Soon afterward, Singapore, Manila, and Palembang fall, after which the Japanese begin shuttling their forces into defensive positions on the perimiter of their empire, awaiting hammer blows from the US. Forces are moved forward to the Marshalls, and Tarawa is invaded.

The Allies begin to fight over Guadalcanal, but the Japanese forces are tenacious, and air and naval support is available to make the going rough.

An unfortunate battle in Rangoon eliminates most of the Allied land forces in Burma, and by turn's end, the country is conquered.

Turn 4

The Japanese have ceased outward expansion and are husbanding their resources for defensive purposes. Guadalcana remains the focus of Allied efforts, but an unfortunate result turns back their initial invasion, chewing up precious ASPs and denting their growing naval power.

The Allies attack Rangoon and completely eliminate the entire Japanese land force in Burma, leaving the gate to South East Asia wide open momentarily. Reinforcements are rushed from Korea and the home islands to Bangkok, where they will make a last stand. Luckily, the forbidding terrain will slow the Allied approach to the city and leave them vulnerable. Indeed, as their forces arrive at the outskirts of Bangkok, the Japanese counter-attack, all but wiping out the British navy in the process.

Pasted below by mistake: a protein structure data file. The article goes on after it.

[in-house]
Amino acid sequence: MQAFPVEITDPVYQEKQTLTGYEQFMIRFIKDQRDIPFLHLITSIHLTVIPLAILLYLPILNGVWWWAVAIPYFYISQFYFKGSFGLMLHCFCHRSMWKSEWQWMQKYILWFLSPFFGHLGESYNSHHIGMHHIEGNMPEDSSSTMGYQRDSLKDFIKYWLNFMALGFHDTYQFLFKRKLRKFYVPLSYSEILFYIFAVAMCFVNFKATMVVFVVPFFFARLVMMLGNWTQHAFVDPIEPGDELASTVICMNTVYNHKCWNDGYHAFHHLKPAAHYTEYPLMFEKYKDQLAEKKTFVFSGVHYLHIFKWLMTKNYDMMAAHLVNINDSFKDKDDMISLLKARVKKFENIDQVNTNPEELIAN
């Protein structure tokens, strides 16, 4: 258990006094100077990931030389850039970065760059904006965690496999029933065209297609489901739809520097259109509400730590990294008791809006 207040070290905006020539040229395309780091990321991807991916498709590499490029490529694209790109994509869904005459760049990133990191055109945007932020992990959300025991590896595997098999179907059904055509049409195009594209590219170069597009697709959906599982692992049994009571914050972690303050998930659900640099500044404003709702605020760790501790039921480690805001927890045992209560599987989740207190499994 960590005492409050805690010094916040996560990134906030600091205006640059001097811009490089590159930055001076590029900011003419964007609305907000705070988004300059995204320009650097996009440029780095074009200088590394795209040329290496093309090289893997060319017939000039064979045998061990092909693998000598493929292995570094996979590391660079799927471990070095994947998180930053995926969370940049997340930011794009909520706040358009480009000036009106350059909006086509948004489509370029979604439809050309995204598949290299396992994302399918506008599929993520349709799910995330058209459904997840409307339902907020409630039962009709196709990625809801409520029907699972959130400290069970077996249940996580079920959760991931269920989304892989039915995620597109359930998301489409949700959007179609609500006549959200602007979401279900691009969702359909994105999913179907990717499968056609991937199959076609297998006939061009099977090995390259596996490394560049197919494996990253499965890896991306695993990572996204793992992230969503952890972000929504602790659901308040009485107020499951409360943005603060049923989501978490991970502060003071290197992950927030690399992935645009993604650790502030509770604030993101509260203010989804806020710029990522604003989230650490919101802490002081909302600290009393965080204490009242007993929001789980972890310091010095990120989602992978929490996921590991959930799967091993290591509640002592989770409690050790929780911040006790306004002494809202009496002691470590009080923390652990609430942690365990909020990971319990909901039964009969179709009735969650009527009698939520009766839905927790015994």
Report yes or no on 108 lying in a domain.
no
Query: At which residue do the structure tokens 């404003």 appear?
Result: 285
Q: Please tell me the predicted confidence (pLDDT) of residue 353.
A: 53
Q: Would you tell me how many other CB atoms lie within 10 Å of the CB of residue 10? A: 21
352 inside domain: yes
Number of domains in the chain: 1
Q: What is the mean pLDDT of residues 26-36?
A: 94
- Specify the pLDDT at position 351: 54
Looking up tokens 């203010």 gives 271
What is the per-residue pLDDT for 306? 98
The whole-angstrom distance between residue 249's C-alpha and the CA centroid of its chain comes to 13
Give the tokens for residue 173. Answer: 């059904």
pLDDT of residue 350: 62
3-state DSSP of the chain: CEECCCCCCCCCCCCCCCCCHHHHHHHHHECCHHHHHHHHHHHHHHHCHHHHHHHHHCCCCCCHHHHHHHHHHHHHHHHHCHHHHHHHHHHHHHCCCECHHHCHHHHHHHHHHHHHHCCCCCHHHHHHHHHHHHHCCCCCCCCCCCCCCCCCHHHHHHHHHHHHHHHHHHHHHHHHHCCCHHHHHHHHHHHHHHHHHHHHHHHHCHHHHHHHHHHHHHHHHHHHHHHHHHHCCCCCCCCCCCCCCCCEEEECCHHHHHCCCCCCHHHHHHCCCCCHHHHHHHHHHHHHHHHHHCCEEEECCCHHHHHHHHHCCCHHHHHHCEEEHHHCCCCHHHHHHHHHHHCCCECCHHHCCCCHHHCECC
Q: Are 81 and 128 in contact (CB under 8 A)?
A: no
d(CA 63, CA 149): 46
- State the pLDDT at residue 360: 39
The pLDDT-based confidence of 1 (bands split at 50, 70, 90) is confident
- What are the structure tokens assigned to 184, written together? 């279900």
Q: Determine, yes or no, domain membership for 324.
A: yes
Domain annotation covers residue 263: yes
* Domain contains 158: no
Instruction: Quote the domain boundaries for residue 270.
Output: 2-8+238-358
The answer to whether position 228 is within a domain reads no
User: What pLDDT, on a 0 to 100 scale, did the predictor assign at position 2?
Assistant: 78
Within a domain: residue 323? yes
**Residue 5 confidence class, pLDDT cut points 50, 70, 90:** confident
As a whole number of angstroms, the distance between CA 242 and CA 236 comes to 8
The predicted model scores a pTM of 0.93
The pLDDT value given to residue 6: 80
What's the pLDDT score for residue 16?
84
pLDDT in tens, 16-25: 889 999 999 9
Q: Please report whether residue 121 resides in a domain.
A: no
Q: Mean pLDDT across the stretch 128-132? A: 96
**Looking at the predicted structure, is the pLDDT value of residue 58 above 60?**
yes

When the Allies finally reach Bangkok, both sides are too tired to fight effectively, and the battle is inconclusive, but leaves the Japanese in possession of the city, and leaves their forces mostly intact.

Turn 5

Allied Political Will is at +2 to start the turn.

The Allies turn their attention to Java, and attempt a landing at Soerbaja, which is roughly treated in an Air-Naval battle, and turned back. They find themselves without enough naval power in the area, and must shuttle some forward from rear bases.

Meanwhile, the Japanese begin to pull back the vulnerable outer edges of their empire to provide a garrison for crucial areas, such as Formosa.

Turn 6

Allied Political Will is at +1, having missed Progress of War in the previous turn. Japanese efforts will be focused on preventing progress. An offensive-cancelling card is safely tucked away as a "future offensive" and another is in this turn's hand, which should make things difficult for the Allies.

The Allies start the turn promisingly, taking Soerbaja. Attempts to take the remaining areas of Java are turned back, however, and offensive progress in the DEI stalls.

A follow-up attack on Bangkok yeilds similar inconclusive results on the ground. Bangkok remains in Japanese hands and the Allies lack the ground forces to press the attack.